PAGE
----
Moon rocks collected by the Apollo 17 astronauts – brought back to Earth nearly half a century ago – have revealed new information about the Moon’s complicated history.
49 years ago, on December 14, NASA’s Apollo 17 mission left the Moon to return to Earth and humans have not returned to our natural satellite since.
In a new study, scientists examined a Moon rock collected by astronauts during the Apollo 17 mission.
By measuring the composition of the rock, dubbed troctolite 76535, scientists have found patterns that point to a cooling period lasting 20 million years in the Moon’s history, despite previous understandings. on the evolution of the Moon.
Study leader William Nelson from the University of Hawai’i at Mānoa, USA, told Space: “Our findings give the lunar scientific community a new look at the specimen.”
Moon rock analysis
The team chose this rock sample to study because it is exceptionally pristine.
“It hasn’t been drastically altered by impacts during its time on the lunar surface. That’s very rare for lunar rocks,” Nelson said.
The team was measuring phosphorus in the sample when they discovered interesting patterns of chemical change in the mineral grains of the rock, including the minerals olivine and plagioclase.
“This was surprising, as previous studies reported that neither of these minerals had any chemical changes,” said Nelson.
Until now, it was still thought that, at some point after the formation of the Moon, it had undergone a period of 100 million years of cooling.
But when we studied the specimen, we found that it could take no more than 20 million years for the sample to cool to the point of complete solidification. If the sample cools slowly, as previously suggested, there should be no change in the phosphorus content, Nelson said.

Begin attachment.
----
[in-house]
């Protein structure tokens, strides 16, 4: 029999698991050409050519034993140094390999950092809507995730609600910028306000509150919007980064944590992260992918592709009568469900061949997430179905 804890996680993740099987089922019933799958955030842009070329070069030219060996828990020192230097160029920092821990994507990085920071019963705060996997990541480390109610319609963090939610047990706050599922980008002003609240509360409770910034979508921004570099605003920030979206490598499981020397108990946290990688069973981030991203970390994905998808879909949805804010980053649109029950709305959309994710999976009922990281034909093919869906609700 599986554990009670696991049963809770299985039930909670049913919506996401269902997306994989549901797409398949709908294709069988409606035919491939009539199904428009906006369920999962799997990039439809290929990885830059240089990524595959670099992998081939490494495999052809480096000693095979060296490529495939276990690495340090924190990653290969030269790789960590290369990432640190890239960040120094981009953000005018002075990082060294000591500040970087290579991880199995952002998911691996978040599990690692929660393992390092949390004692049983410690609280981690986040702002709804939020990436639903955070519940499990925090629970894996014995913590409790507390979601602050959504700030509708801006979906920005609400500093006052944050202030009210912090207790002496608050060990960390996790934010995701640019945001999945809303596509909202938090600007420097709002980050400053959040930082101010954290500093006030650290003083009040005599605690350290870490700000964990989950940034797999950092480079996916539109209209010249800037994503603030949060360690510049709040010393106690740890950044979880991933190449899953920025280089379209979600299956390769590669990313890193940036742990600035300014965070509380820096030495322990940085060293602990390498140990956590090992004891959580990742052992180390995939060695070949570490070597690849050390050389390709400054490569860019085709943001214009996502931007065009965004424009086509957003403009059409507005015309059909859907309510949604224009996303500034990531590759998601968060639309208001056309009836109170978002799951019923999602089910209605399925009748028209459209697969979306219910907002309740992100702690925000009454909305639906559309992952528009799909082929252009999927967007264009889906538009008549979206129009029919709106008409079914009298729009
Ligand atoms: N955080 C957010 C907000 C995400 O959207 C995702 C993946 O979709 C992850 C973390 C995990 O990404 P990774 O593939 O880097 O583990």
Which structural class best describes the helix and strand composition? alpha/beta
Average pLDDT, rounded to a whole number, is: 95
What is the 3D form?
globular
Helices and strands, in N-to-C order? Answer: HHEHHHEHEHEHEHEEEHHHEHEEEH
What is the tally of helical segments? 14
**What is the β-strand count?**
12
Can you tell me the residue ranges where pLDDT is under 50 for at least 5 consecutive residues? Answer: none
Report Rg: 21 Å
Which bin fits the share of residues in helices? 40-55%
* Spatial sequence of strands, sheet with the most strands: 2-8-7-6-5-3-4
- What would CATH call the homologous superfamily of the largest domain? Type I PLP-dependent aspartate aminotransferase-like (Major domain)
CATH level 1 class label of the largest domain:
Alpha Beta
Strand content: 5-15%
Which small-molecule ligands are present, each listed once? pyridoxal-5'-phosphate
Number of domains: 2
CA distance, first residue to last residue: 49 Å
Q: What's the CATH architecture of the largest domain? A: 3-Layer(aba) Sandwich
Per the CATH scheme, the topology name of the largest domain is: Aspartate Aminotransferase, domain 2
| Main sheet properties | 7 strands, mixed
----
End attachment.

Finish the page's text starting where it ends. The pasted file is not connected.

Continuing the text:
This discovery changes our understanding of the Moon’s history and evolution over 80 million years.
Studying the past
Studying Moon rocks requires you to take some serious precautions. Not only to watch out for the human health risks associated with lunar dust, or regolith, but chemists also want to be careful with these samples because they’re extremely hard to find.
“We wear gloves when handling the specimen and always touch it gently. The sample is always kept in a safe place, either on one of us or inside a device. For long-term storage, The lunar sample management team at NASA’s Johnson Space Center will preserve such samples and make them available for scientific research purposes,” said Nelson.
Despite the number of years since it was collected, Nelson insists that much can still be learned from the samples collected during NASA’s Apollo program.
The new study was published December 14 in the journal Nature Communications.